Gargoyle greets visitors to the Douglas mansion at Jerome Historic State Park

 

When arriving in Jerome with our out-of-state guests, Jerome State Historic Park usually is our first stop. The five-dollar admission fee is money well spent. The 28-minute video presentation seems much shorter, probably because it’s packed full of exciting tidbits about Jerome’s most notorious characters and earthshaking events. I highly recommend seeing that video first, before you tour the rest of the mansion. Everything you’ll be seeing behind the display glass will make more sense, plus you’ll really have a greater appreciation of your other stops in historic Jerome.

geologic exhibit

Rock specimens on display inside mansion rooms

 

At Jerome State Historic Park, you’ll learn about the Douglas family, the rise and fall of Jerome’s mining industry and other significant events, offering a deeper understanding of the town, its culture and colorful past. Plan to spend at least an hour at the park, if not more. Afterwards, you’ll want to take in all the panoramic views as you stroll around the grounds and exterior exhibits.

engineering instruments

Surveying instruments are part of Jerome Historic State Park railroad exhibit

 

Interesting side note: the Douglas family didn’t spend much time at this mansion. It was used more for entertaining guests, investors and mining company VIPs. The home was a model for opulence, complete with wine cellar, marble shower, even a central vacuum system — very innovative for that time! But the mansion also served as party hall, as mine officials hosted a huge Christmas party for the miners and their families each year.

study

One of the main living areas in the Douglas mansion at Jerome Historic State Park

 

Tips for visiting Jerome: When planning a walking tour of Jerome’s shops and cafes, first pick up a historic building and business map at the visitor center. Consider parking at the spacious lot located just past the Fire Station on Perkinsville Road. That way, you’ll have an easy walk to the shops, starting at the United Verde Apartment building, then making your way down to each street level. The first Saturday of each month is the Jerome Art Walk.

Kohl’s Ranch: Five reasons keep us returning

Autumn is one of our favorite times to visit Kohl’s Ranch. It’s a great time to see changing leaves and feel cooler temperatures of the Ponderosa pine forest at the foot of the Mogollon Rim. Kohl’s Ranch, nestled next to Tonto Creek along State Route 260, is a rustic guest ranch and Arizona historical landmark. We keep coming back to Kohl’s Ranch for these reasons:

1. Tonto Creek

Tonto Creek runs immediately in front of the Kohl’s Ranch’s lodge rooms, cabins and suites so each morning of our stay, we awake to hear the rustling water over the rocks as it makes its way into the Tonto Basin and on to Roosevelt Lake. On the National Forest land north of State Route 260, there’s plenty of space on the banks for fishing, picnicking or just listening to the wind in the pines. Farther up Forest Service Road 289 is Tonto Creek Fish Hatchery, a nice place to spend an afternoon with the kids to learn how trout are grown for stocking Arizona waterways.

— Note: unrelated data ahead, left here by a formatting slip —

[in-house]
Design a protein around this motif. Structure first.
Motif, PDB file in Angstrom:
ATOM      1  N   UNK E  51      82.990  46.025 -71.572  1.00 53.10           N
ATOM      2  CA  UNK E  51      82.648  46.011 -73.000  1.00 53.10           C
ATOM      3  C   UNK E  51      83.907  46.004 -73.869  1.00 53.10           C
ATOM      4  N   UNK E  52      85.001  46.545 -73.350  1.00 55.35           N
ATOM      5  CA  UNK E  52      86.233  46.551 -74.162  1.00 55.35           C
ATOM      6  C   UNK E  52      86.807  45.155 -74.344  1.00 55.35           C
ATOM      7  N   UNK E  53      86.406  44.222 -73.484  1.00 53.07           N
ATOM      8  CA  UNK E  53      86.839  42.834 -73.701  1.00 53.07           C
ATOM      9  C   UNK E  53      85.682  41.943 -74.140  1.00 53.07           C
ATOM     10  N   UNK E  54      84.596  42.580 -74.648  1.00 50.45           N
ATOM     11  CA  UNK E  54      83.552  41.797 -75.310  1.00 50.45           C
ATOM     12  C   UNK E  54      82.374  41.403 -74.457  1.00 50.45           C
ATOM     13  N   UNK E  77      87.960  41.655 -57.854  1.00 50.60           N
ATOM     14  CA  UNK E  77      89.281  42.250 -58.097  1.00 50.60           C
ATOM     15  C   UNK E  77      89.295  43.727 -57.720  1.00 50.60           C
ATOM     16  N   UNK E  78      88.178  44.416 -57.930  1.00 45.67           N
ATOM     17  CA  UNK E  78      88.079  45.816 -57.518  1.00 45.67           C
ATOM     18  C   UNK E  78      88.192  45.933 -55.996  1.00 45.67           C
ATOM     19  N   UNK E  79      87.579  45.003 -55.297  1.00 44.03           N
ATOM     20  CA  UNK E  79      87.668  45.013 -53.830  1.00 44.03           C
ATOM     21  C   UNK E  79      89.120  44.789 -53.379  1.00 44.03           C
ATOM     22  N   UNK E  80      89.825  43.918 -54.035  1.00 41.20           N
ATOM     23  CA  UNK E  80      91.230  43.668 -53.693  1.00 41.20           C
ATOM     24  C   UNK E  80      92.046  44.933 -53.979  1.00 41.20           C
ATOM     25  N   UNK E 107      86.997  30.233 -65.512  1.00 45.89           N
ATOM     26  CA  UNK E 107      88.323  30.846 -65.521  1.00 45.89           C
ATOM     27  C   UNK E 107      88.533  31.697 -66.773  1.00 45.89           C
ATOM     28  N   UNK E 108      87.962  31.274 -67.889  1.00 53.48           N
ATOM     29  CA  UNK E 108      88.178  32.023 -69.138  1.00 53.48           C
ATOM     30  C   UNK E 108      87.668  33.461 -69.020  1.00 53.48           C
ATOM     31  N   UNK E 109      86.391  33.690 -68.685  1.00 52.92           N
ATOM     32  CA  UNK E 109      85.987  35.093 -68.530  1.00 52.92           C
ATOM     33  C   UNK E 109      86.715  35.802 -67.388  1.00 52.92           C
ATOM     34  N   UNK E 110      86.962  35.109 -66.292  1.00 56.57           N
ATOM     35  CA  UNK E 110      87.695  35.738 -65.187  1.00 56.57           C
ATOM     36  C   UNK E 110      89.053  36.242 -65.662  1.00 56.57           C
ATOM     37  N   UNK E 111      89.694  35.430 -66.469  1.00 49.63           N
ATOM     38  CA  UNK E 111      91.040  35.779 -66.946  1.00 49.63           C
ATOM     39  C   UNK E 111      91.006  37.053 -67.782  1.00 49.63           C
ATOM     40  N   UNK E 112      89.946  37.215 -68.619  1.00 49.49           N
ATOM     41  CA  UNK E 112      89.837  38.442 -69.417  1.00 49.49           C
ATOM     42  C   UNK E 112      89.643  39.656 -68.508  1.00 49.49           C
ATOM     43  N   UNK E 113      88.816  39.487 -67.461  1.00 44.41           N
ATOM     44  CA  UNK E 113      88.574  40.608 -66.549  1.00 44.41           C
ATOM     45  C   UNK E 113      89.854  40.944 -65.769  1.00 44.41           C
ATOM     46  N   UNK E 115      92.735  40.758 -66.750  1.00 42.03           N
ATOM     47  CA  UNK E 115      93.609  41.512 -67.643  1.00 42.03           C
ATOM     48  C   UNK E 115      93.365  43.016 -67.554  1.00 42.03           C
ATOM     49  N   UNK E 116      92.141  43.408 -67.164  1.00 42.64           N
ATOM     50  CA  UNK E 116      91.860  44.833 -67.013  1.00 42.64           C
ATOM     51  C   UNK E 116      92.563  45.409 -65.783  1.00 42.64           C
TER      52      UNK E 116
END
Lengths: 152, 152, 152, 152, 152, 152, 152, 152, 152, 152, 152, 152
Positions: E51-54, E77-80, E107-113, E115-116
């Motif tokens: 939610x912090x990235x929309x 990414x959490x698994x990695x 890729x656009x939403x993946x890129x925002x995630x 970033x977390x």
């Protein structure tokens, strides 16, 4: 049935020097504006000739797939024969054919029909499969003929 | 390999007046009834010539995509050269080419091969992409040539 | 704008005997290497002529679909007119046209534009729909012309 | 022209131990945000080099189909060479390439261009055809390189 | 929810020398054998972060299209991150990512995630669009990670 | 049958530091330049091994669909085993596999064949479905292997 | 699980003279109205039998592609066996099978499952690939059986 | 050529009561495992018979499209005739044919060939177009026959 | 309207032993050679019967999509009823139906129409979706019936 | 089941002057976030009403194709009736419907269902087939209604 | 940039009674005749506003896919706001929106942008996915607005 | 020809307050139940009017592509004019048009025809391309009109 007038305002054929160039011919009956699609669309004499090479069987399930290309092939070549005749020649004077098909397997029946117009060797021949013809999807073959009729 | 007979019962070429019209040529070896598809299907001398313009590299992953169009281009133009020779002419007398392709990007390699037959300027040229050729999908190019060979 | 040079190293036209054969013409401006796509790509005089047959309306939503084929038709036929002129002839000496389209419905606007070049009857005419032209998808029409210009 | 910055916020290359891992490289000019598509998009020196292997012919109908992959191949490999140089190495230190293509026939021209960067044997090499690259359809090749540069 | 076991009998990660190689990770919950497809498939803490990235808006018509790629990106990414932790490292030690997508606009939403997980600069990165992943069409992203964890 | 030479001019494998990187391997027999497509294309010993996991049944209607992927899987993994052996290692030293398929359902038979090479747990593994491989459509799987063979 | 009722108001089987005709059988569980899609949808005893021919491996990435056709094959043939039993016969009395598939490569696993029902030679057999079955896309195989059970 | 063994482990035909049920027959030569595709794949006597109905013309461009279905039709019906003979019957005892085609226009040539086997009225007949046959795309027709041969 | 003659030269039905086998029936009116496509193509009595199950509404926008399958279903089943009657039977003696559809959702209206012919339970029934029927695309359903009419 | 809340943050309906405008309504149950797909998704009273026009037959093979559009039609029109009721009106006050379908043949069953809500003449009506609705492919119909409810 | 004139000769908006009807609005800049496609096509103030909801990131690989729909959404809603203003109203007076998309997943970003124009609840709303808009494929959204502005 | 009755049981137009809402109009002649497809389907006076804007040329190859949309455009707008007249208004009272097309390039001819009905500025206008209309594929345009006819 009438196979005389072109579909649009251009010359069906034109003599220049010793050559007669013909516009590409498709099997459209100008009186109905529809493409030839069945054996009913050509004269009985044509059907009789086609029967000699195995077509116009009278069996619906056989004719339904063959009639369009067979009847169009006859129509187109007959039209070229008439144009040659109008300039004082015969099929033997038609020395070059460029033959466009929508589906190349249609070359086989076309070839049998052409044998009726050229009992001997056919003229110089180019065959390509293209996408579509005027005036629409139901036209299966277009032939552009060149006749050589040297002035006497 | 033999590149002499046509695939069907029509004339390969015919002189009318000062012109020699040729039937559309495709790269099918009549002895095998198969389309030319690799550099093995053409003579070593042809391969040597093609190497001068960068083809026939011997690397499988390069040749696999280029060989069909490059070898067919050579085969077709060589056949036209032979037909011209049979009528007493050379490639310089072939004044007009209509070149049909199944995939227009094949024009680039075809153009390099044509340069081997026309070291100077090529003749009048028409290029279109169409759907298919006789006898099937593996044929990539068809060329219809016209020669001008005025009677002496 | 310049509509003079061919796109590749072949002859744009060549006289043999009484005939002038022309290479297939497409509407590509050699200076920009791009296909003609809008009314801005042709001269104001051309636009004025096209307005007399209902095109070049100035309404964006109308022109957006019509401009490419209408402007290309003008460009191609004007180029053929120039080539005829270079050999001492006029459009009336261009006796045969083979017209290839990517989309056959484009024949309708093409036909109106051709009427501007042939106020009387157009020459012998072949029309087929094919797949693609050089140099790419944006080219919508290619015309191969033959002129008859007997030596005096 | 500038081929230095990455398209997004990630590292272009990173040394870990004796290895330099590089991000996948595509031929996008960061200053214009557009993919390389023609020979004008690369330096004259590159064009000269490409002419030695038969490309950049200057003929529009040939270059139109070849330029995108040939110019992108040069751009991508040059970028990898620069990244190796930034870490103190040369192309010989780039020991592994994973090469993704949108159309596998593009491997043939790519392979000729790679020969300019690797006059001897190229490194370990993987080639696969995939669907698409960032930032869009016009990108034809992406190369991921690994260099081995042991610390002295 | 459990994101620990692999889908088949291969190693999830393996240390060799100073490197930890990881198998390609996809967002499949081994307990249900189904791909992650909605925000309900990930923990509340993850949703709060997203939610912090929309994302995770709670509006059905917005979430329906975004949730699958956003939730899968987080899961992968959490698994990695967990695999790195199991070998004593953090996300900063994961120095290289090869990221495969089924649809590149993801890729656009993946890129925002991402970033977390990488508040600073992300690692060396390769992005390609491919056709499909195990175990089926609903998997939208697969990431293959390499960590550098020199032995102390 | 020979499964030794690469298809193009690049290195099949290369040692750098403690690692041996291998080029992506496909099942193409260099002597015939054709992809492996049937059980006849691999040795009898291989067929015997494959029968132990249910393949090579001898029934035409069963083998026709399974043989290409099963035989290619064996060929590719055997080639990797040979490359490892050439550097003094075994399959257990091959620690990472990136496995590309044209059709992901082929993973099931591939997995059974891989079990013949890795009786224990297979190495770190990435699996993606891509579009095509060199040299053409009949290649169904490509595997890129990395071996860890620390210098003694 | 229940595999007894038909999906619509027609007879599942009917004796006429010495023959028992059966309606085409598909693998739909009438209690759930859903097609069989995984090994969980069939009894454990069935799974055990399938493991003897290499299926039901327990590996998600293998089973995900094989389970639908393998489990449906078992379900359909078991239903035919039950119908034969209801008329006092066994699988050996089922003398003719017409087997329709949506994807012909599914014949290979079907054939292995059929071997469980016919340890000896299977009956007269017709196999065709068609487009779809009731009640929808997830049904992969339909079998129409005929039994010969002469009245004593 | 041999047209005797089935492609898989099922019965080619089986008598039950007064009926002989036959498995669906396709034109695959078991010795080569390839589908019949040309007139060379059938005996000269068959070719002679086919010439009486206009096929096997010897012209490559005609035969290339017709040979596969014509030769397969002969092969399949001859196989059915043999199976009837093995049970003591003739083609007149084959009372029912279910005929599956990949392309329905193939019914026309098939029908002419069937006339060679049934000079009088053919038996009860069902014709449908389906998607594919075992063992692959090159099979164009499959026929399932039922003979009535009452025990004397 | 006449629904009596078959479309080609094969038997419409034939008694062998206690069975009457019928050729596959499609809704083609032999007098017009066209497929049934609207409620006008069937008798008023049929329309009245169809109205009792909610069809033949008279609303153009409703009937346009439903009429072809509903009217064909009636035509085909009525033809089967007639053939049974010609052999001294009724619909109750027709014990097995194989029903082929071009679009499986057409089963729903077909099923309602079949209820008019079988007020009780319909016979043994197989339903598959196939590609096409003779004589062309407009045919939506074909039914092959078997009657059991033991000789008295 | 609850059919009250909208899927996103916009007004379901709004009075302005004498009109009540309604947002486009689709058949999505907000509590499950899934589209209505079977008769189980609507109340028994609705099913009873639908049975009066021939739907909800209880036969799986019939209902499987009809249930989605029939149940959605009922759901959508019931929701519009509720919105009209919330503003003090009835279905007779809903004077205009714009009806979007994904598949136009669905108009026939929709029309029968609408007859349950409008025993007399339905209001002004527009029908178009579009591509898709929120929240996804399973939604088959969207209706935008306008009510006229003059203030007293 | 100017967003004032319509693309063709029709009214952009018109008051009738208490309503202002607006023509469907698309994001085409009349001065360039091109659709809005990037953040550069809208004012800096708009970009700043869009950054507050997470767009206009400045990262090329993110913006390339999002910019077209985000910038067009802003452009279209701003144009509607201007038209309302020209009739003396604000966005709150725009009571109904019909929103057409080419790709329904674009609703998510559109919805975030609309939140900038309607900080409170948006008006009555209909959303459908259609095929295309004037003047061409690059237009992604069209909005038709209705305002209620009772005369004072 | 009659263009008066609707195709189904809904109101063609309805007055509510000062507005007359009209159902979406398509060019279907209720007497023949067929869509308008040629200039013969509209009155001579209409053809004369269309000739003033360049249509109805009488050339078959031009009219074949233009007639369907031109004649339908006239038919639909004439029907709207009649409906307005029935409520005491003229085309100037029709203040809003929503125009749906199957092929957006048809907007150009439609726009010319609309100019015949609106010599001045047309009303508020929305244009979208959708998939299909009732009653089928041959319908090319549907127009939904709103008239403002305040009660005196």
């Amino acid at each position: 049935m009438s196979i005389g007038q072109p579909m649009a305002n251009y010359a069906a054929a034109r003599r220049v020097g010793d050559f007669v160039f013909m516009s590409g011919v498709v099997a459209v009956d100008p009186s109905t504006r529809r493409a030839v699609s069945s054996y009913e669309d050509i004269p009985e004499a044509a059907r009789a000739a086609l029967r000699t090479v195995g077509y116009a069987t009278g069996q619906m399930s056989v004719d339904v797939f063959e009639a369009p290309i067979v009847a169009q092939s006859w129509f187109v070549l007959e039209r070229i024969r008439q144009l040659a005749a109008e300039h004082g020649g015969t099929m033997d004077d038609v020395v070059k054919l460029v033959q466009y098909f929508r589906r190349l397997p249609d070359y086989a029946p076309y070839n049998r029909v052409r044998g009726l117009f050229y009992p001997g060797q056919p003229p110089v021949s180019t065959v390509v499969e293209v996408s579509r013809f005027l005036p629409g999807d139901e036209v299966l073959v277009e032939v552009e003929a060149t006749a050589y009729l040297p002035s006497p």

Tonto Creek's occasional still waters in front of Kohl's Ranch

 

 

Feeding time at the Tonto Creek Fish Hatchery

  1. Pet-Friendly

Kohl’s Ranch has recently changed their pet policy and now allows pets in selected units. There are restrictions and since only a few such units exist, it’s recommended to call well in advance to reserve a pet-friendly unit. The resort provides a pet welcome kit with treats and blanket.

 

Chuck and Molly walking the fence near pet-friendly Kohl's Ranch

  1. The Lodge

As soon as we enter the building, we’re greeted with the scent of top grain leather sofas and wood, be it from cracking logs in the fireplace or the knotty pine walls. It’s like going back in time 70 years – to when the lodge was popular lodge among hunters and anglers. During the 1950’s and 60’s, the lodge a favorite stopover for vacationing families, with its dining room, ice cream parlor, post office and grocery store.  A gallery of old photographs tells the history. The main lodge building now comprises the front desk, lobby, dining room, saloon, fitness center, kid’s club, studio suites and resort offices.

 

  1. Zane Grey Dining Room

Despite some less than glorifying comments on those always-disputable hospitality review sites, we have always found the dining room at Kohl’s Ranch to exceed our expectations. For one recent meal, we ordered the daily dinner special: Cornish game hens with orange glaze — baked to perfection, with wild rice and steamed fresh vegetables. Our lunch the following day was equally as good. My husband said his onion rings was the best he has ever had — those huge rings of onion dipped in homemade batter. At each of our meals, our servers promptly arrived to our table with menus, drinks, meals and check.

Hiking Trail access

This is probably the most important reason we keep coming back to Kohl’s Ranch – the location. It’s nice to stay in a cabin right near your trailhead. We especially like Horton Creek Trail and other trails nearby. In fact, the Horton Trail is one of our favorites, for a rather easy-to-moderate day hike. This trail has everything: lush forest, lots of wildlife, waterfalls, plus an easy, gradual climb – nothing too steep. Plan to see a lot of hikers on weekends. Check out hikearizona.com or Arizonahikingtrails.com for more information and additional hiking opportunities in the area.

 

Waterfalls along the Horton Creek hiking trail

For anyone who wants to visit some of Arizona’s historical landmarks to commemorate the Arizona Centennial, we recommend putting Kohl’s Ranch on the list. It’s one of the few guest “ranches” still operating in our state – continuing to treat visitors to some western, rustic charm and authentic Arizona hospitality.